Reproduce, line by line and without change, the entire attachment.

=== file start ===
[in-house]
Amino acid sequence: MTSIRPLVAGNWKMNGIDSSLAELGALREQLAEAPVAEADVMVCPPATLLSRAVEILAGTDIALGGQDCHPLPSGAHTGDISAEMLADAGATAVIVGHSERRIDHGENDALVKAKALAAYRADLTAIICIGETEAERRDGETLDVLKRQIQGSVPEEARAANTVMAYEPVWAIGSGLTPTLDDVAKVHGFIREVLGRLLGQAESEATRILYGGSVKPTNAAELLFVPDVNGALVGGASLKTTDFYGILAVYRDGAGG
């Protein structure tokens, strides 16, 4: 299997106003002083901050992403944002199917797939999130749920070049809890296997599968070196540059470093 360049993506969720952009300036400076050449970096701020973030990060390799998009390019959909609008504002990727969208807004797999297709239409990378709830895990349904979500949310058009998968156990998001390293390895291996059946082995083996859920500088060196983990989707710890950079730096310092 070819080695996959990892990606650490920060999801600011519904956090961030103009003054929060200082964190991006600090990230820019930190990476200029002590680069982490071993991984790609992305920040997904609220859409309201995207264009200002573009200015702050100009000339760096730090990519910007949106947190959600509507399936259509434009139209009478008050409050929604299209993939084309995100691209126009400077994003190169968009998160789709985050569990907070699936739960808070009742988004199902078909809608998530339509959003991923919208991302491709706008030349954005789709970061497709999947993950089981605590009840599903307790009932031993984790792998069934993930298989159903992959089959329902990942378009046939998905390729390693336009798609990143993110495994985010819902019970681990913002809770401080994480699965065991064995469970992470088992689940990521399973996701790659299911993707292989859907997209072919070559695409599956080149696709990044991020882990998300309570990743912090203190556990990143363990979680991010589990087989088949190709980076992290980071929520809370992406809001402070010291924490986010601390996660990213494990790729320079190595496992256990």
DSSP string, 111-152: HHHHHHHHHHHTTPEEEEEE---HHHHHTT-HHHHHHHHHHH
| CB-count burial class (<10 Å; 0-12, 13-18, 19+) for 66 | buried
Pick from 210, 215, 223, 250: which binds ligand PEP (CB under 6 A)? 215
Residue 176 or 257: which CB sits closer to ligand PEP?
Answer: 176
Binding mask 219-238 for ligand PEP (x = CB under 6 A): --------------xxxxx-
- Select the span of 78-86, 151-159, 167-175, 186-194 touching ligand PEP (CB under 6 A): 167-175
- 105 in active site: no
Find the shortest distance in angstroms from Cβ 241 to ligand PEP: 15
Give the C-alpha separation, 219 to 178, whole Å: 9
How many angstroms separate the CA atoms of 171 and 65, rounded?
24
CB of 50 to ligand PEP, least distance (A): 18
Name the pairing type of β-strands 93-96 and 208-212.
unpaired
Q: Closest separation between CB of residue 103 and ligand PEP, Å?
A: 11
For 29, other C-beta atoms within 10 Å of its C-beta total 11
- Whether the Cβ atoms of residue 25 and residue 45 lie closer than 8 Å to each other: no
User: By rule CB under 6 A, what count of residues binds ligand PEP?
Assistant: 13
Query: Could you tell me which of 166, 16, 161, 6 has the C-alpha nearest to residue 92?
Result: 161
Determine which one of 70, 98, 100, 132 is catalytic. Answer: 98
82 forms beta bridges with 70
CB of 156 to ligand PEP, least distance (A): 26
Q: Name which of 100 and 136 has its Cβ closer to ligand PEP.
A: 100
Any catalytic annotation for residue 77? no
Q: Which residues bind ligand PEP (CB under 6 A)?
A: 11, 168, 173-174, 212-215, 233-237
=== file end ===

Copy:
[in-house]
Amino acid sequence: MTSIRPLVAGNWKMNGIDSSLAELGALREQLAEAPVAEADVMVCPPATLLSRAVEILAGTDIALGGQDCHPLPSGAHTGDISAEMLADAGATAVIVGHSERRIDHGENDALVKAKALAAYRADLTAIICIGETEAERRDGETLDVLKRQIQGSVPEEARAANTVMAYEPVWAIGSGLTPTLDDVAKVHGFIREVLGRLLGQAESEATRILYGGSVKPTNAAELLFVPDVNGALVGGASLKTTDFYGILAVYRDGAGG
């Protein structure tokens, strides 16, 4: 299997106003002083901050992403944002199917797939999130749920070049809890296997599968070196540059470093 360049993506969720952009300036400076050449970096701020973030990060390799998009390019959909609008504002990727969208807004797999297709239409990378709830895990349904979500949310058009998968156990998001390293390895291996059946082995083996859920500088060196983990989707710890950079730096310092 070819080695996959990892990606650490920060999801600011519904956090961030103009003054929060200082964190991006600090990230820019930190990476200029002590680069982490071993991984790609992305920040997904609220859409309201995207264009200002573009200015702050100009000339760096730090990519910007949106947190959600509507399936259509434009139209009478008050409050929604299209993939084309995100691209126009400077994003190169968009998160789709985050569990907070699936739960808070009742988004199902078909809608998530339509959003991923919208991302491709706008030349954005789709970061497709999947993950089981605590009840599903307790009932031993984790792998069934993930298989159903992959089959329902990942378009046939998905390729390693336009798609990143993110495994985010819902019970681990913002809770401080994480699965065991064995469970992470088992689940990521399973996701790659299911993707292989859907997209072919070559695409599956080149696709990044991020882990998300309570990743912090203190556990990143363990979680991010589990087989088949190709980076992290980071929520809370992406809001402070010291924490986010601390996660990213494990790729320079190595496992256990």
DSSP string, 111-152: HHHHHHHHHHHTTPEEEEEE---HHHHHTT-HHHHHHHHHHH
| CB-count burial class (<10 Å; 0-12, 13-18, 19+) for 66 | buried
Pick from 210, 215, 223, 250: which binds ligand PEP (CB under 6 A)? 215
Residue 176 or 257: which CB sits closer to ligand PEP?
Answer: 176
Binding mask 219-238 for ligand PEP (x = CB under 6 A): --------------xxxxx-
- Select the span of 78-86, 151-159, 167-175, 186-194 touching ligand PEP (CB under 6 A): 167-175
- 105 in active site: no
Find the shortest distance in angstroms from Cβ 241 to ligand PEP: 15
Give the C-alpha separation, 219 to 178, whole Å: 9
How many angstroms separate the CA atoms of 171 and 65, rounded?
24
CB of 50 to ligand PEP, least distance (A): 18
Name the pairing type of β-strands 93-96 and 208-212.
unpaired
Q: Closest separation between CB of residue 103 and ligand PEP, Å?
A: 11
For 29, other C-beta atoms within 10 Å of its C-beta total 11
- Whether the Cβ atoms of residue 25 and residue 45 lie closer than 8 Å to each other: no
User: By rule CB under 6 A, what count of residues binds ligand PEP?
Assistant: 13
Query: Could you tell me which of 166, 16, 161, 6 has the C-alpha nearest to residue 92?
Result: 161
Determine which one of 70, 98, 100, 132 is catalytic. Answer: 98
82 forms beta bridges with 70
CB of 156 to ligand PEP, least distance (A): 26
Q: Name which of 100 and 136 has its Cβ closer to ligand PEP.
A: 100
Any catalytic annotation for residue 77? no
Q: Which residues bind ligand PEP (CB under 6 A)?
A: 11, 168, 173-174, 212-215, 233-237